Saturday, 12 January 2013

Frock Dress

Source(google.com.pk)
Frock Dress Biography
A smock-frock or smock is an outer garment traditionally worn by rural workers, especially shepherds and waggoners, in parts of England and Wales from the early eighteenth century. Today, the word smock refers to a loose overgarment worn to protect one's clothing, for instance by a painter.
The traditional smock-frock is made of heavy linen or wool and varies from thigh-length to mid-calf length. Characteristic features of the smock-frock are fullness across the back, breast, and sleeves folded into "tubes" (narrow unpressed pleats) held in place and decorated by smocking, a type of surface embroidery in a honeycomb pattern across the pleats that controls the fullness while allowing a degree of stretch.

The round smock is a pullover style with an open neckline and a flat, round collar. This smock is reversible front-to-back.[1]
The shirt smock or Surrey smock is styled like a man's shirt, with a collar and a short placket opening in the front. It is not reversible.[2]
The coat smock worn by Welsh shepherds is long and buttons up the front in the manner of a coat.

It is uncertain whether smock-frocks are "frocks made like smocks" or "smocks made like frocks"—that is, whether the garment evolved from the smock, the shirt or underdress of the medieval period, or from the frock, an overgarment of equally ancient origin. What is certain is that the fully developed smock-frock resembles a melding of the two older garments.
From the earlier eighteenth century, the smock-frock was worn by waggoners and carters; by the end of that century, it had become the common outer garment of agricultural labourers of all sorts throughout the Midlands and Southern England. The spread of the smock-frock matches a general decrease in agricultural wages and living standards in these areas in the second half of the eighteenth century. The smocks were cheaper than other forms of outer garments, and were both durable and washable.[4]
Embroidery styles for smock-frocks varied by region, and a number of motifs became traditional for various occupations: wheel-shapes for carters and wagoners, sheep and crooks for shepherds, and so on. Most of this embroidery was done in heavy linen thread, often in the same color as the smock.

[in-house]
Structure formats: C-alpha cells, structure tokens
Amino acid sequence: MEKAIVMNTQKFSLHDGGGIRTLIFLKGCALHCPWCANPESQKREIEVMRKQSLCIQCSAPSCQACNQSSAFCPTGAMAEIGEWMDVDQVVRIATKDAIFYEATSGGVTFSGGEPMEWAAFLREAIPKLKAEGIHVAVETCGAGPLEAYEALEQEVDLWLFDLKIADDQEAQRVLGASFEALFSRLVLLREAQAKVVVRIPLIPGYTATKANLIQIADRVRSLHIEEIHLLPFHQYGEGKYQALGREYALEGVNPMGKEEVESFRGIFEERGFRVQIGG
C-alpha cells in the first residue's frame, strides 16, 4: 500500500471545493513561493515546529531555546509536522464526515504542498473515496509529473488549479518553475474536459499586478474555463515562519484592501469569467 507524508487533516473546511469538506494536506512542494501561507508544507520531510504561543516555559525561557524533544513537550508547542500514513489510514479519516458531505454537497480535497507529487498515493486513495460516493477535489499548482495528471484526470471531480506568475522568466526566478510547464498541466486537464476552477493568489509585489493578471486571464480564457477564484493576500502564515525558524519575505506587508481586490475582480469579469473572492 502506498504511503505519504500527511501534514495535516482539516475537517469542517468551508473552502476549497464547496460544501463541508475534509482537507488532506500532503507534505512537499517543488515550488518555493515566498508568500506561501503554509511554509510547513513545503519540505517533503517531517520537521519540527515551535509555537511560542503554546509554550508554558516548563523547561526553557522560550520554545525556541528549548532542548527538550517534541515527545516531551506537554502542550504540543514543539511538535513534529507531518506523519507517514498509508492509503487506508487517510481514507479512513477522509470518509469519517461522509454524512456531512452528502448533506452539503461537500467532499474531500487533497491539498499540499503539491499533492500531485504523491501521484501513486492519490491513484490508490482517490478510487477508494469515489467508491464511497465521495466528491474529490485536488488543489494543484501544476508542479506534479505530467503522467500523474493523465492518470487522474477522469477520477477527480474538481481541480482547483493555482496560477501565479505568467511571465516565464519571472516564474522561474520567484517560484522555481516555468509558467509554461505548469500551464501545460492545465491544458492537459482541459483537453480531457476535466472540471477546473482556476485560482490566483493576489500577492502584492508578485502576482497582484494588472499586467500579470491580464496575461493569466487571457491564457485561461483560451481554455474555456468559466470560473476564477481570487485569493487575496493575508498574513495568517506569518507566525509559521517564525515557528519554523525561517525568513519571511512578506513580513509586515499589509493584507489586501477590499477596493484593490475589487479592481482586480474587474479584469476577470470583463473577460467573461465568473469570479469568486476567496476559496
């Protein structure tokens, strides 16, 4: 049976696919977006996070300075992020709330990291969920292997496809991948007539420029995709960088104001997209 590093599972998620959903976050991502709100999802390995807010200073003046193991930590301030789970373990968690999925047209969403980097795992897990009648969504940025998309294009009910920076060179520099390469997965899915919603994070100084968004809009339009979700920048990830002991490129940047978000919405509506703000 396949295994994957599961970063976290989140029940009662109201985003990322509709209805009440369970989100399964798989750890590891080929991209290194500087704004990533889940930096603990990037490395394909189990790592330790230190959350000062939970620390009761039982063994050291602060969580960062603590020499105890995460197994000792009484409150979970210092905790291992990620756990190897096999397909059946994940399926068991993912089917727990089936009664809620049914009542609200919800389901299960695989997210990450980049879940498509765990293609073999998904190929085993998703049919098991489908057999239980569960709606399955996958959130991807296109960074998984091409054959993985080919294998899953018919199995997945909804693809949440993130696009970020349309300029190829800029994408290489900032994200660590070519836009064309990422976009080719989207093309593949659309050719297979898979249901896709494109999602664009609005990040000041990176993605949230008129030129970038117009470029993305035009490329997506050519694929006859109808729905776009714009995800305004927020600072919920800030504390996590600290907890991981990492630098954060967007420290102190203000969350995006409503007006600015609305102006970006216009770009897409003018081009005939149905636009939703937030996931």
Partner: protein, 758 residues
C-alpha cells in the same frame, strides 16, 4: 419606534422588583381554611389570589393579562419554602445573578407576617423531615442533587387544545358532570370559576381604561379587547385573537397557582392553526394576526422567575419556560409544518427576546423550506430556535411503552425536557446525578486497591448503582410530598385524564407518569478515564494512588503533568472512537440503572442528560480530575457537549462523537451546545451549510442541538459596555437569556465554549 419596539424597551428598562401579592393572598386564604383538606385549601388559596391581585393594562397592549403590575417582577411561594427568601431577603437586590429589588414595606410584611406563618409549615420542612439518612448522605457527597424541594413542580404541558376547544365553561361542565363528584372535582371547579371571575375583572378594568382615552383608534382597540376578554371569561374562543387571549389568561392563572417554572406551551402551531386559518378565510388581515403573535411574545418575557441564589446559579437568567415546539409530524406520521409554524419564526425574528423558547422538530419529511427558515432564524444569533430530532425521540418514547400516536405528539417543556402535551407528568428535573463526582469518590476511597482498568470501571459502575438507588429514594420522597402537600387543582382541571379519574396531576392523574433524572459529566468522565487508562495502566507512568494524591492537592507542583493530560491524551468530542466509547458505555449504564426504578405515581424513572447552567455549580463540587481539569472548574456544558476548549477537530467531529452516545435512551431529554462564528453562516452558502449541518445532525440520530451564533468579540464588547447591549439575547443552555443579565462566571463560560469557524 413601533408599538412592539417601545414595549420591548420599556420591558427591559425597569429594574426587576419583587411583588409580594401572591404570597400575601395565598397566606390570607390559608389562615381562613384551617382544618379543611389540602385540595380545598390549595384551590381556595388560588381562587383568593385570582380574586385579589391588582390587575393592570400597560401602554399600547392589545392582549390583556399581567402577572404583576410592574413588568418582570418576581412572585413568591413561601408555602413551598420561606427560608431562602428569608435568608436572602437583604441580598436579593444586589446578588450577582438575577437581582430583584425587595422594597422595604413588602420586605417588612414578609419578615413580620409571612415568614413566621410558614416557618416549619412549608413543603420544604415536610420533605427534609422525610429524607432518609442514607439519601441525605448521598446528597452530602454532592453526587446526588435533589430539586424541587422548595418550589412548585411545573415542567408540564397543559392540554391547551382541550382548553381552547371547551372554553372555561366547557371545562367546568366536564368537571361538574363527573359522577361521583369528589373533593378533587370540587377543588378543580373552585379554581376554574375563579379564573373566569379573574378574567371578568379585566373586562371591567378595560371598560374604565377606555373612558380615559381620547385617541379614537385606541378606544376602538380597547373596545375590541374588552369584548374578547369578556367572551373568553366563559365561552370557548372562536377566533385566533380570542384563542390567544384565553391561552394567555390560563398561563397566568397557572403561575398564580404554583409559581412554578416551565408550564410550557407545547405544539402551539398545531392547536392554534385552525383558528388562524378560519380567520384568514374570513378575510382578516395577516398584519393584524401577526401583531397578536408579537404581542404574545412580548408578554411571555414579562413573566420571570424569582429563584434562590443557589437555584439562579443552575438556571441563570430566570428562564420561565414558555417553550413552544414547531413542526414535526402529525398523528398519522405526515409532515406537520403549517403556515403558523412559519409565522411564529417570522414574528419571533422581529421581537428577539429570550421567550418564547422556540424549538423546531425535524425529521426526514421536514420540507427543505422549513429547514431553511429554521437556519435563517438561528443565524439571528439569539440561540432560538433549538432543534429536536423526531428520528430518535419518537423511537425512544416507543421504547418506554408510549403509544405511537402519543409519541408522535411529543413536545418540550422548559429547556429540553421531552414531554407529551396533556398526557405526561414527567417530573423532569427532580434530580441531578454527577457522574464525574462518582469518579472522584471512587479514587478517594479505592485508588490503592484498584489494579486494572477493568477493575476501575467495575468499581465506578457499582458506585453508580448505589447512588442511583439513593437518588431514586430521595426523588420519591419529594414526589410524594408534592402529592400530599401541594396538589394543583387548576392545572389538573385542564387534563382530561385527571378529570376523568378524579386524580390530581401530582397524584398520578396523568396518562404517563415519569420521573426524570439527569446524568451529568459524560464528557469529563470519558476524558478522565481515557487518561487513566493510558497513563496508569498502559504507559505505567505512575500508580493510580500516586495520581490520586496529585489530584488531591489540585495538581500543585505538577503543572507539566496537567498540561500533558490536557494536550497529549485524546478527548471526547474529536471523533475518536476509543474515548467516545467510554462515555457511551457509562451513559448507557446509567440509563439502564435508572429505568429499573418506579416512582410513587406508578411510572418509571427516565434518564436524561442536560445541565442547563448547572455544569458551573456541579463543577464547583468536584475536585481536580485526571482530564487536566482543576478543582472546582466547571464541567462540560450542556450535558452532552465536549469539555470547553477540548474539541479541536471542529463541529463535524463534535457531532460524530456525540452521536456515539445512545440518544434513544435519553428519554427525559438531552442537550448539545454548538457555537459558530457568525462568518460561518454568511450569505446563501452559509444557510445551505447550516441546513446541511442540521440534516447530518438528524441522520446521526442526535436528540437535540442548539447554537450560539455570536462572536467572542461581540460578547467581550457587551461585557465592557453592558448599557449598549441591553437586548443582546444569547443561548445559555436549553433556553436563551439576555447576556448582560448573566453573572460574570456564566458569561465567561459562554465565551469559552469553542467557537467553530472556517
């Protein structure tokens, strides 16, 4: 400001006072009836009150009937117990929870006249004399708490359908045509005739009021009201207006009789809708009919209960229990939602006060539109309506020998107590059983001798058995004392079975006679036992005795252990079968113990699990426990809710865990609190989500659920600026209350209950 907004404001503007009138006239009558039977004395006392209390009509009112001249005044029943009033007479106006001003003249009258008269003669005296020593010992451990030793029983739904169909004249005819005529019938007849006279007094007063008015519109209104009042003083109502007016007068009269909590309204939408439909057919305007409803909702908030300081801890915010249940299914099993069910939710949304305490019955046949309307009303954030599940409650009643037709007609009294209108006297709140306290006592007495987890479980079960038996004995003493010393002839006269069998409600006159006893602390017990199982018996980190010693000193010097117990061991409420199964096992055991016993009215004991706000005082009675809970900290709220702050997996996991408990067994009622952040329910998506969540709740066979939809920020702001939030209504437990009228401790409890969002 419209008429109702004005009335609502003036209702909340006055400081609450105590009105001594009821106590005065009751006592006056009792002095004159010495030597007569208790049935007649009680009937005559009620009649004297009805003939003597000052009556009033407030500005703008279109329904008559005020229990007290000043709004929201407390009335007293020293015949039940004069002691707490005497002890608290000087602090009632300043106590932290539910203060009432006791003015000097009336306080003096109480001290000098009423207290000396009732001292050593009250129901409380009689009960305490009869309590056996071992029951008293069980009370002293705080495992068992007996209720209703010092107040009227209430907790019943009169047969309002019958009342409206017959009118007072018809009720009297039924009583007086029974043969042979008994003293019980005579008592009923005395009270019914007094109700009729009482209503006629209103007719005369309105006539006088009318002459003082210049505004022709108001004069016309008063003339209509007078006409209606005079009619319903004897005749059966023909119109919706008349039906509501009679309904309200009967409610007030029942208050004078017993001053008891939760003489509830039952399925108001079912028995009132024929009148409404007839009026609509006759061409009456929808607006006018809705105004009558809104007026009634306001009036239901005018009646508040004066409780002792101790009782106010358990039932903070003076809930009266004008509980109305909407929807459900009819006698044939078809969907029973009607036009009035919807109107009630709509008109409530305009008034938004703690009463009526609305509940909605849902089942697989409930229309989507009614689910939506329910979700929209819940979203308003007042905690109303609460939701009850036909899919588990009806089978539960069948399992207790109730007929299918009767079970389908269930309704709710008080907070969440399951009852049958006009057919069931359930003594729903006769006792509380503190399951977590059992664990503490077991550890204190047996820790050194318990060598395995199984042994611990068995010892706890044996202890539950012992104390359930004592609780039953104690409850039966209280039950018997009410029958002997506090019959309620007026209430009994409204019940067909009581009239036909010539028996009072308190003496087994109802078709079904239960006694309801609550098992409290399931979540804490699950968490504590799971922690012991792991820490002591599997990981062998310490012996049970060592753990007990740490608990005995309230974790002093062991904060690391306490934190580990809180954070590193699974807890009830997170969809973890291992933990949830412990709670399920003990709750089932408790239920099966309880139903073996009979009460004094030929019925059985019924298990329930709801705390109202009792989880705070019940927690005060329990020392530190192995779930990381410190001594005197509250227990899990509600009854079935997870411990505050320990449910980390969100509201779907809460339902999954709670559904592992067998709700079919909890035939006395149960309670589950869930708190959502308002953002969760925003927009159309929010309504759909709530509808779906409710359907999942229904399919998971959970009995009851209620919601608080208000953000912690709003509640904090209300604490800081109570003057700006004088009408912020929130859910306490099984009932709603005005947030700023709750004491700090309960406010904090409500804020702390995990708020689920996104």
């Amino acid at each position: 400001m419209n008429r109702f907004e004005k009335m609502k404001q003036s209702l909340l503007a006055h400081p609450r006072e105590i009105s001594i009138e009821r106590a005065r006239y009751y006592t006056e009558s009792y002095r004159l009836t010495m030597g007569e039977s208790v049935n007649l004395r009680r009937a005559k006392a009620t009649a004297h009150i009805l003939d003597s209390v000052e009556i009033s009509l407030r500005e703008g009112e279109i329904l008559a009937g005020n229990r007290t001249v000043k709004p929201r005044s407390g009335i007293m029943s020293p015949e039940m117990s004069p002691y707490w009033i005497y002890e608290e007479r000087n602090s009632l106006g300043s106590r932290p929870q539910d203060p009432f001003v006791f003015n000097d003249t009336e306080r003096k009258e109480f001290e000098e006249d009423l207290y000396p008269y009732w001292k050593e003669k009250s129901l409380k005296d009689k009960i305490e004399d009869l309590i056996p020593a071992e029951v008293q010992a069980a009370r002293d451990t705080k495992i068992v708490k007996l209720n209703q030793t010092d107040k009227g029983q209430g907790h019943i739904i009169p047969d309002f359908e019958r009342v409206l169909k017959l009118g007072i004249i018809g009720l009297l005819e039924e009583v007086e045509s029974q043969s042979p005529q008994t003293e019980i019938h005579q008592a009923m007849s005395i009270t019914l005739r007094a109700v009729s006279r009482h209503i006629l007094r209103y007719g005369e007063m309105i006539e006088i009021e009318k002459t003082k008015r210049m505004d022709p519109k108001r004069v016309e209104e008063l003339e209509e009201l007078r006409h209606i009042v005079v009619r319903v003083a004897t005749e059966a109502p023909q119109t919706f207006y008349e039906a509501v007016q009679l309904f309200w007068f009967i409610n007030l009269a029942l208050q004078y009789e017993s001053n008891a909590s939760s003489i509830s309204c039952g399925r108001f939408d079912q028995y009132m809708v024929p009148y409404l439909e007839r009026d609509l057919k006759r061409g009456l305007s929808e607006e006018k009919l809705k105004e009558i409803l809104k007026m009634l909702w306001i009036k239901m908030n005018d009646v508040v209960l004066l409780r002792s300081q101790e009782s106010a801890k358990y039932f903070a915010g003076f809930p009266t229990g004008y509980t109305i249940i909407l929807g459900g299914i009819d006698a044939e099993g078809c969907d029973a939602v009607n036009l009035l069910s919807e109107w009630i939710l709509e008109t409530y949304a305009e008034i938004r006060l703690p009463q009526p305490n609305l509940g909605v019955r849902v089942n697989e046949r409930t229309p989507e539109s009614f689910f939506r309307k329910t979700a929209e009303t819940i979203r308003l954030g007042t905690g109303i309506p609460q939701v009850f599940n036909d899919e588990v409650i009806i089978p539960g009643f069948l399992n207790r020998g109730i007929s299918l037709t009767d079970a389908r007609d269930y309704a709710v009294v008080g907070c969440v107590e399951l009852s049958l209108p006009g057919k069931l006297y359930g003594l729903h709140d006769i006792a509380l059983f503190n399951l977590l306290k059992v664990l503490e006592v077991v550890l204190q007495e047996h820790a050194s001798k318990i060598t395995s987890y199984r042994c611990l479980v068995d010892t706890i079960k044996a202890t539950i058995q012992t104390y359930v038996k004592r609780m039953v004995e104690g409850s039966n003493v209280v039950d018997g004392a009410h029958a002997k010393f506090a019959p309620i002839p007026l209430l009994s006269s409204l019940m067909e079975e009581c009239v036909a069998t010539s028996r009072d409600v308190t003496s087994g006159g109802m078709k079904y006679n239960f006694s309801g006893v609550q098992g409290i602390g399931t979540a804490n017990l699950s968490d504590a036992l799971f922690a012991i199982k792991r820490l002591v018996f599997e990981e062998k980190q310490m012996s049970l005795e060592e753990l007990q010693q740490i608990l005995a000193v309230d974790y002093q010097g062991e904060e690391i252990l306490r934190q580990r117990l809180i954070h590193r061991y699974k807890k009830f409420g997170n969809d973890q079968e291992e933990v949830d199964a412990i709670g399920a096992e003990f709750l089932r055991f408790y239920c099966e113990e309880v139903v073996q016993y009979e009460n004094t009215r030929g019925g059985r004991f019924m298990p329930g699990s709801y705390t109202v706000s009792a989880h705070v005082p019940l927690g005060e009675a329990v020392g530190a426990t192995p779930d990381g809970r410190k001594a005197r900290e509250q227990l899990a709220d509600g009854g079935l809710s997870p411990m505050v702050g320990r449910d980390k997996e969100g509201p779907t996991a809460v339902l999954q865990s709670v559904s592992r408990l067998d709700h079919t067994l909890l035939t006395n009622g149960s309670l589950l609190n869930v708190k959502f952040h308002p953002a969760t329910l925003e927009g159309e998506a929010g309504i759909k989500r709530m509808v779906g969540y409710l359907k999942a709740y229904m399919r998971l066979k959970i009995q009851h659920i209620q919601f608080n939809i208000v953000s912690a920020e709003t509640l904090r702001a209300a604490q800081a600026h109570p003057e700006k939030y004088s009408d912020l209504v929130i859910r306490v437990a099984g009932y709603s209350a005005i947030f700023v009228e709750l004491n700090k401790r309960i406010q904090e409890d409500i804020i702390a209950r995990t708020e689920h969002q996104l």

By the mid-nineteenth century, wearing of traditional smock-frocks by country laborers was dying out, although Gertrude Jekyll noticed them in Sussex during her youth, and smocks were still worn by some people in rural Buckinghamshire into the 1920s. As the authentic tradition was fading away, a romantic nostalgia for England's rural past, as epitomized by the illustrations of Kate Greenaway, led to a fashion for women's and children's dresses and blouses loosely styled after smock-frocks. These garments are generally of very fine linen or cotton and feature delicate smocking embroidery done in cotton floss in contrasting colors; smocked garments with pastel-colored embroidery remain popular for babies.

During World War II, military parachutists wore wind proof jump smocks primarily to cover equipment that may have caused the parachutist to be stuck in a narrow doorway. German parachutists wore the Knochensack, British parachutists wore the Denison smock whilst USMC paramarines wore a jump smock as well. Today the name smock is still used for military combat jackets, particularly in the UK; in the Belgian army the borrowed English term has been corrupted to smoke-vest.
Examples include DPM Parachute Smock, that replaced the Denison Smock, the Canadian Para Smock and Smock Windproof DPM.

A woman's dress.
A long loose outer garment, as that worn by artists and craftspeople; a smock.
A woolen garment formerly worn by sailors; a jersey.
A robe worn by monks, friars, and other clerics; a habit.
tr.v., frocked, frock·ing, frocks.
To clothe in a frock.
To invest with clerical office.

was originally a male garment, especially the mantle of a monk or priest. Discarded by men, the word came back into favour in the 19th century as a synonym of gown or dress for women or girls. Fowler described it as a vogue-word used 'especially for a dress regarded from the decorative point of view'. It is still in use but has a distinct period flavour and can be disparaging or facetious. An advertisement for a sports car in the 1990s showed the car with a supermodel in an elegant designer dress standing beside it. The caption read 'our latest model...and Claudia Schiffer in a frock'.
Frock Dress
Frock Dress
Frock Dress
Frock Dress
Frock Dress
Frock Dress
Frock Dress
Frock Dress
Frock Dress
Frock Dress
Frock Dress

No comments:

Post a Comment

Post a Comment